The bulk of the collection covers the NCSJ's activities from the early 1970s, through late 1980s. It includes meetings minutes, memoranda, correspondence, newsletters and publications of the NCSJ and its precursor organizations (primarily the American Jewish Committee on Soviet Jewry, 1964-1971), and the individual files maintained on Refusenik, prisoners of conscience, and Jewish émigrés.
The collection also includes a considerable number of reports from the visits to the USSR by Soviet Jewry Movement activists and other. A significant part of the collection is represented by the audio recordings that include 13-minute programs on the WEVD Radio dedicated to Soviet Jewry topics and recordings of phone conversations with Refuseniks. There is also a considerable number of photographs, posters and publications, several film strips and VHS tapes.
Pamela B. Cohen Papers document activities of the prominent activist of the American Soviet Jewry Movement. Pamela B. Cohen began her activity through the independent grass roots council, Chicago Action for Soviet Jewry (CASJ) and in 1978, served with Marillyn Tallman as co-chair until 1986, when she became the national president of the Washington-based Union of Councils for Soviet Jews (UCSJ). She served in that capacity for 10 years. The Pamela B. Cohen papers include materials from the late 1960s through 2009, and the bulk of the collection is dated 1970s-1980s. The documents include correspondence, notes, memoranda, publications, news clippings, photographs, ephemera, audio and video recordings and 3-D objects.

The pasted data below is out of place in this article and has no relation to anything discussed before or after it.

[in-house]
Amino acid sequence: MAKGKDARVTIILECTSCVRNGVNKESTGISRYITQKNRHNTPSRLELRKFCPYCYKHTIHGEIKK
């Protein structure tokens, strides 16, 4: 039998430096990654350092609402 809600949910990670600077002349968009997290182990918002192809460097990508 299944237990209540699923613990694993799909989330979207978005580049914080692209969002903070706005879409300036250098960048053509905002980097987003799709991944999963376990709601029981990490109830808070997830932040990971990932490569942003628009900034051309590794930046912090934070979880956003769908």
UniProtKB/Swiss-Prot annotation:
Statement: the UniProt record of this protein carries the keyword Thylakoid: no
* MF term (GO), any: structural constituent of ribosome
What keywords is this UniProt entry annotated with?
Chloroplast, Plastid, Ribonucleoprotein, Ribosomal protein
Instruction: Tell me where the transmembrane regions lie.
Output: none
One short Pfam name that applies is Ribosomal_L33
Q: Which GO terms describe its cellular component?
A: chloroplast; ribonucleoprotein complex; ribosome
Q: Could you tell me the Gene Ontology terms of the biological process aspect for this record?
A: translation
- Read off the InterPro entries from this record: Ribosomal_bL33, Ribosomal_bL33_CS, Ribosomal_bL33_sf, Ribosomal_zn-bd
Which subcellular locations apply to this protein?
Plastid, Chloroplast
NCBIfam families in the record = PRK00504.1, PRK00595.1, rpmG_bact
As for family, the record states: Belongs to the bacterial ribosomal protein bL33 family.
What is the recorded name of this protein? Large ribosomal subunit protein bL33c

Papers of Rabbi David Goldstein and Shannie Goldstein contain materials reflecting their work on behalf of Jews in the Soviet Union. The materials include notes, correspondence, fliers, news clippings and photographs. The bulk of the collection consists of oversized cardboard-mounted photographs taken by Rabbi Goldstein on the trip to the Soviet Union in 1983.
The collection documents the activities of a human rights non-government organization on behalf of Soviet Jewry and Jews in the Former Soviet Union. Organized by Harold Light in San Francisco in 1967, the group worked to bring the Soviet Jewry issue to national and international attention. The collection contains correspondence, minutes, case files, publications, newspaper clippings, card files of Refuseniks, subject files, audio/visual materials, and information on other Soviet Jewry and interreligious organizations. Also included are materials relating to Soviet Jewish emigration, Cold War relations, the collapse of the Soviet Union, and human rights conditions in Russia and the former Soviet republics.
The collection contains records of the Washington Committee for Soviet Jewry, a grassroots volunteer membership organization that was founded in 1968 and existed until 2001. The organization was renamed the Greater Washington Committee for Post-Soviet Jewry after the disintegration of the Soviet Union in 1991. The Committee worked to raise awareness of the plight of Soviet Jewry in the United States and supported Jewish communities on the U.S.S.R. territories, during the rule of the Soviet regime and after its collapse. The records cover the period from the mid-1960s through 2001, and the bulk of the collection is dated 1970s-1980s. The documents include correspondence, memoranda, publications, news clippings, photographs, slides, ephemera, audio and video recordings and 3-D objects. Originally the collection was titled Papers of Carolyn W. Sanger, *P-870 by the name of the Committee's last president.